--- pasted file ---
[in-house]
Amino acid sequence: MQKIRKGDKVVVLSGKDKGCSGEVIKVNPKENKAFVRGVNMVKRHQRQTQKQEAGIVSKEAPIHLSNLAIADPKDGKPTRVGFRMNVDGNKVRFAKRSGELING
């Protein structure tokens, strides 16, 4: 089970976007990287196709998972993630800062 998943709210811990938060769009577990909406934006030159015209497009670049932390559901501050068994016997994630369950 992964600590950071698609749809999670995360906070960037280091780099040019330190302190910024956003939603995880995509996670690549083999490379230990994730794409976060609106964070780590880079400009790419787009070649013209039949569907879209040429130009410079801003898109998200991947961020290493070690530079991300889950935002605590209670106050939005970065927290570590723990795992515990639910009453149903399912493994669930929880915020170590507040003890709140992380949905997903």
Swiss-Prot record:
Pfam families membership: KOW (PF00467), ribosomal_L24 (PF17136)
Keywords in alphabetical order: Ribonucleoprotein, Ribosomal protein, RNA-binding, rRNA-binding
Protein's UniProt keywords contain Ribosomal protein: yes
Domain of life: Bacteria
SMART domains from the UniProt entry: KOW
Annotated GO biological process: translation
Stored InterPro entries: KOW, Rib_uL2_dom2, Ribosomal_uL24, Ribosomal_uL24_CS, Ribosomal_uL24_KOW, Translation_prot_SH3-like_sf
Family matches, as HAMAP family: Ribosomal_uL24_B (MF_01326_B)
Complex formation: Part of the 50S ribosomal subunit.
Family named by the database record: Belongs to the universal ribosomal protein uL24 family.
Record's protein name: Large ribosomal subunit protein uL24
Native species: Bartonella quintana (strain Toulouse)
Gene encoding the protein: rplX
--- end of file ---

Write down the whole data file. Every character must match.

[in-house]
Amino acid sequence: MQKIRKGDKVVVLSGKDKGCSGEVIKVNPKENKAFVRGVNMVKRHQRQTQKQEAGIVSKEAPIHLSNLAIADPKDGKPTRVGFRMNVDGNKVRFAKRSGELING
């Protein structure tokens, strides 16, 4: 089970976007990287196709998972993630800062 998943709210811990938060769009577990909406934006030159015209497009670049932390559901501050068994016997994630369950 992964600590950071698609749809999670995360906070960037280091780099040019330190302190910024956003939603995880995509996670690549083999490379230990994730794409976060609106964070780590880079400009790419787009070649013209039949569907879209040429130009410079801003898109998200991947961020290493070690530079991300889950935002605590209670106050939005970065927290570590723990795992515990639910009453149903399912493994669930929880915020170590507040003890709140992380949905997903």
Swiss-Prot record:
Pfam families membership: KOW (PF00467), ribosomal_L24 (PF17136)
Keywords in alphabetical order: Ribonucleoprotein, Ribosomal protein, RNA-binding, rRNA-binding
Protein's UniProt keywords contain Ribosomal protein: yes
Domain of life: Bacteria
SMART domains from the UniProt entry: KOW
Annotated GO biological process: translation
Stored InterPro entries: KOW, Rib_uL2_dom2, Ribosomal_uL24, Ribosomal_uL24_CS, Ribosomal_uL24_KOW, Translation_prot_SH3-like_sf
Family matches, as HAMAP family: Ribosomal_uL24_B (MF_01326_B)
Complex formation: Part of the 50S ribosomal subunit.
Family named by the database record: Belongs to the universal ribosomal protein uL24 family.
Record's protein name: Large ribosomal subunit protein uL24
Native species: Bartonella quintana (strain Toulouse)
Gene encoding the protein: rplX